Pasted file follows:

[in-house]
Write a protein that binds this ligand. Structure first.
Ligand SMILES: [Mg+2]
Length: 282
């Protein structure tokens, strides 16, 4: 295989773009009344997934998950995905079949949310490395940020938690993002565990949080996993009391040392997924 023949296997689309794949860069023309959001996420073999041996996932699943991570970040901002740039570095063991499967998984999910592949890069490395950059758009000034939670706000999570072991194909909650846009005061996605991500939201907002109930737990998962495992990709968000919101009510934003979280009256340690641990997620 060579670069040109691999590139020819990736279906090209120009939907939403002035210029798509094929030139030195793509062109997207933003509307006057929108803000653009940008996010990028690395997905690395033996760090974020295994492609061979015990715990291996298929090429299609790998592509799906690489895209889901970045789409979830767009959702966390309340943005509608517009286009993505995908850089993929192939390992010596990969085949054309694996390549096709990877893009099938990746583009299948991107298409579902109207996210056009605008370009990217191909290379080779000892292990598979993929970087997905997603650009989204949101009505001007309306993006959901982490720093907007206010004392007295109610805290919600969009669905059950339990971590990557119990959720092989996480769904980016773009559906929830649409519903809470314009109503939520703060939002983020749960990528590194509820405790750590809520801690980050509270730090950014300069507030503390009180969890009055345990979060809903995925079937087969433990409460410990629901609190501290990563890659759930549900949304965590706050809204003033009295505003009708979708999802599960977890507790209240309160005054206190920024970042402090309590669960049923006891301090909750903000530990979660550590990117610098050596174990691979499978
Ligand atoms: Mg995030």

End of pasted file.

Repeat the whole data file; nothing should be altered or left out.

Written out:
[in-house]
Write a protein that binds this ligand. Structure first.
Ligand SMILES: [Mg+2]
Length: 282
């Protein structure tokens, strides 16, 4: 295989773009009344997934998950995905079949949310490395940020938690993002565990949080996993009391040392997924 023949296997689309794949860069023309959001996420073999041996996932699943991570970040901002740039570095063991499967998984999910592949890069490395950059758009000034939670706000999570072991194909909650846009005061996605991500939201907002109930737990998962495992990709968000919101009510934003979280009256340690641990997620 060579670069040109691999590139020819990736279906090209120009939907939403002035210029798509094929030139030195793509062109997207933003509307006057929108803000653009940008996010990028690395997905690395033996760090974020295994492609061979015990715990291996298929090429299609790998592509799906690489895209889901970045789409979830767009959702966390309340943005509608517009286009993505995908850089993929192939390992010596990969085949054309694996390549096709990877893009099938990746583009299948991107298409579902109207996210056009605008370009990217191909290379080779000892292990598979993929970087997905997603650009989204949101009505001007309306993006959901982490720093907007206010004392007295109610805290919600969009669905059950339990971590990557119990959720092989996480769904980016773009559906929830649409519903809470314009109503939520703060939002983020749960990528590194509820405790750590809520801690980050509270730090950014300069507030503390009180969890009055345990979060809903995925079937087969433990409460410990629901609190501290990563890659759930549900949304965590706050809204003033009295505003009708979708999802599960977890507790209240309160005054206190920024970042402090309590669960049923006891301090909750903000530990979660550590990117610098050596174990691979499978
Ligand atoms: Mg995030």